I was just about to get into the shower when I heard what sounded like ten people walking around in my attic. While I wanted to write off the sound as mice, the noise was simply too loud. Whatever was up there was a few pounds, not a few ounces. I am not normally the skittish type with an over-active imagination, but taking a shower with an unknown thumping in my attic was starting to freak me out a bit. Then our dog Teddy started to bark at the ceiling, so I took him outside to have a look around.
At first, when I noticed the scene above, I was rather relieved. Oh, look, I thought, these big guys can probably make some serious noise through the vent. THAT explains what I heard! And they’re a pair — perhaps a couple mating for life with a nest near by. Isn’t nature grand? I’m so lucky to live here!
And then, slowly, like in a movie, I walked a few inches to the right and saw this:
Two birds? Sweet. Six birds? Freaky. Here is where I admit to the world I have a bit of a frog and butterfly phobia. Anything jumpy or fluttery or with the potential to unpredictably land in my hair makes me very uneasy. I don’t want to kill them, but I do want to keep a healthy distance. Of course, most of my friends find this phobia of mine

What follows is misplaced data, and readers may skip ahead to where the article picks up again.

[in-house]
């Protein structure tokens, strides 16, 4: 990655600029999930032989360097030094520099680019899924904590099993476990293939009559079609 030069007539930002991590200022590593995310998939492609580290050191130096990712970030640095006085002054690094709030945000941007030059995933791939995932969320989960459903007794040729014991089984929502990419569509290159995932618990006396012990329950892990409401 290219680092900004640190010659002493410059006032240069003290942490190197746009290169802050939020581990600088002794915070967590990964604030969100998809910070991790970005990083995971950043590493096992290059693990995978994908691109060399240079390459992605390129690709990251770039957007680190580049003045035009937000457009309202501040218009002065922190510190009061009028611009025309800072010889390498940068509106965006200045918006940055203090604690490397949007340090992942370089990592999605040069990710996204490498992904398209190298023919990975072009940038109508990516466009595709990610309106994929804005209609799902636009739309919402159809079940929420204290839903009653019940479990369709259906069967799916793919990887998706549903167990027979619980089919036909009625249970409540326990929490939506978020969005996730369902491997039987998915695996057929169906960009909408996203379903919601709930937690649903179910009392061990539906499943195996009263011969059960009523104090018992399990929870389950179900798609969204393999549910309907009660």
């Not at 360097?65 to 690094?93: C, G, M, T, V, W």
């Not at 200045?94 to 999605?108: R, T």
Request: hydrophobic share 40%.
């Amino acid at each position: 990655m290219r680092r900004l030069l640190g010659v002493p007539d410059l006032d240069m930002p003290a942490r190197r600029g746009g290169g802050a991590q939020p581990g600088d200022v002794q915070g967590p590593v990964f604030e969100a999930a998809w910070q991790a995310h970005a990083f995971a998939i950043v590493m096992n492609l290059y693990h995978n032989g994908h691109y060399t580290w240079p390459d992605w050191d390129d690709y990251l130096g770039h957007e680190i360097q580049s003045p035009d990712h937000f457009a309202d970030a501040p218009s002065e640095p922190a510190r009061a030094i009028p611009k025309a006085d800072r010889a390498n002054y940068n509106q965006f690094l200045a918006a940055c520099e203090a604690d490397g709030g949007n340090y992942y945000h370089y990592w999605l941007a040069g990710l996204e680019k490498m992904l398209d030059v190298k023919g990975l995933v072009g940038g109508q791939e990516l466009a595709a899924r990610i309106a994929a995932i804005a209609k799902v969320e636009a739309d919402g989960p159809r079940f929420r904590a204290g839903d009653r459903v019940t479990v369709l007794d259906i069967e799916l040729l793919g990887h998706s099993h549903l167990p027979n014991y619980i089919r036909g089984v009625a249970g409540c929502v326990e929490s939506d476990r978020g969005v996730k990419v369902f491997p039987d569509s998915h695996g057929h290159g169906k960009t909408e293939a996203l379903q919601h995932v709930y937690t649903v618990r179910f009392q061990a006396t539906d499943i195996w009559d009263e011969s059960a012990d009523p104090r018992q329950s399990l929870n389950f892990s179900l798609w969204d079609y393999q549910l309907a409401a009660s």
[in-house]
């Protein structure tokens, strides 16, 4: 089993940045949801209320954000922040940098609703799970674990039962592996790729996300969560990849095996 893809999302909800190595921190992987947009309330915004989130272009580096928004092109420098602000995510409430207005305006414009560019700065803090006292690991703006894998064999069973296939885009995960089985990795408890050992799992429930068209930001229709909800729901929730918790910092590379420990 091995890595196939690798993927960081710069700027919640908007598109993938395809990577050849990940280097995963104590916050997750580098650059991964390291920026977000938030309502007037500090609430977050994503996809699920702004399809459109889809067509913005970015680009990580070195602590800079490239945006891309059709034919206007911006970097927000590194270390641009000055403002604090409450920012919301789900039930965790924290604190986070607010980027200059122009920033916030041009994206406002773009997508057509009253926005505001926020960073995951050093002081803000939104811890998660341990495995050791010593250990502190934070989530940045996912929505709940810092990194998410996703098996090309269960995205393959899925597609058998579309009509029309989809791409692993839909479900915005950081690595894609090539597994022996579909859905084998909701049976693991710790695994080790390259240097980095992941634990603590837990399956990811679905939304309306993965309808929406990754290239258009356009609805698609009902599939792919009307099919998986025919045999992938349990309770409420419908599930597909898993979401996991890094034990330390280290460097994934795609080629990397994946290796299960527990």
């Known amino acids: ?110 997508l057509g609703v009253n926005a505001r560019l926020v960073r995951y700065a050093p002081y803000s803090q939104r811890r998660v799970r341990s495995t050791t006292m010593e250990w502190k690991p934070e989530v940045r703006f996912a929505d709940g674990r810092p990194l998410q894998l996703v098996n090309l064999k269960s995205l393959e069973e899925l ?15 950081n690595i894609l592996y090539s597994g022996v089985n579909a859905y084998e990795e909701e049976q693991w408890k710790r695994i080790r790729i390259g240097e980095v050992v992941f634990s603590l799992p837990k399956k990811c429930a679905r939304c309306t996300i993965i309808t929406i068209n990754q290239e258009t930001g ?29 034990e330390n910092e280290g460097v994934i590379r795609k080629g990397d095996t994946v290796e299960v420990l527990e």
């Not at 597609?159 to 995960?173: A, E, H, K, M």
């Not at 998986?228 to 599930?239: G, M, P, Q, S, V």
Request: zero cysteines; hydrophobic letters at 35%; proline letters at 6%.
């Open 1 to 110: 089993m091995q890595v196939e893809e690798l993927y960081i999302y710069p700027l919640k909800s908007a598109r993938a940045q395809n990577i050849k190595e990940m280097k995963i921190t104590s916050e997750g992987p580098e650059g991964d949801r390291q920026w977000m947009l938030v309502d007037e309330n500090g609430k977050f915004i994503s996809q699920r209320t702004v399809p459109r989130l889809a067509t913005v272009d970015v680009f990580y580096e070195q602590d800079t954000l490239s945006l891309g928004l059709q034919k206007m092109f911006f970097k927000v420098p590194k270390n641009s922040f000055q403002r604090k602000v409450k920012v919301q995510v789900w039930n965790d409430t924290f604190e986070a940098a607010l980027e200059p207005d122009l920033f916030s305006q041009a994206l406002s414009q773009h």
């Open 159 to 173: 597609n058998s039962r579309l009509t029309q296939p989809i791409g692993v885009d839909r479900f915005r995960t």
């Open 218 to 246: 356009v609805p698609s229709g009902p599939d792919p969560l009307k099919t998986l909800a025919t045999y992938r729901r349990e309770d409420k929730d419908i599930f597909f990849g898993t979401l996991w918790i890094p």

delightfully charming charmingly quirky completely nuts. Birds are in the same category as frogs and butterflies, but they usually have the good sense to keep their distance from humans.
So there I was, outside in the rain with a fluffy white delicious looking dog, and as I’m about to head to the front door to walk back inside, I see this over the doorway:
You’ll have to excuse the poor photo quality, for at this point, I was across the street at my neighbor’s house, shaking and crying and pointing at my roof like a full fledged crazy person. That’s the thing with phobias — they go from rational to irrational in the blink of an eye. I needed to explain to my neighbor that no, I could not simply walk through the front door of my house like a normal person, because you see those six birds up there? And their four friends on the side of the house, too? They are going to swoop down and eat me and Teddy the second we get too close to the house.
In an overly calm tone favored by those in the hostage negotiation business, my neighbor told me to sit tight while she honked her horn to scare them away. It took a good forty-five seconds of honking before one of them flew off or even flinched, but they finally left my rooftop so I could safely return to my house. The end.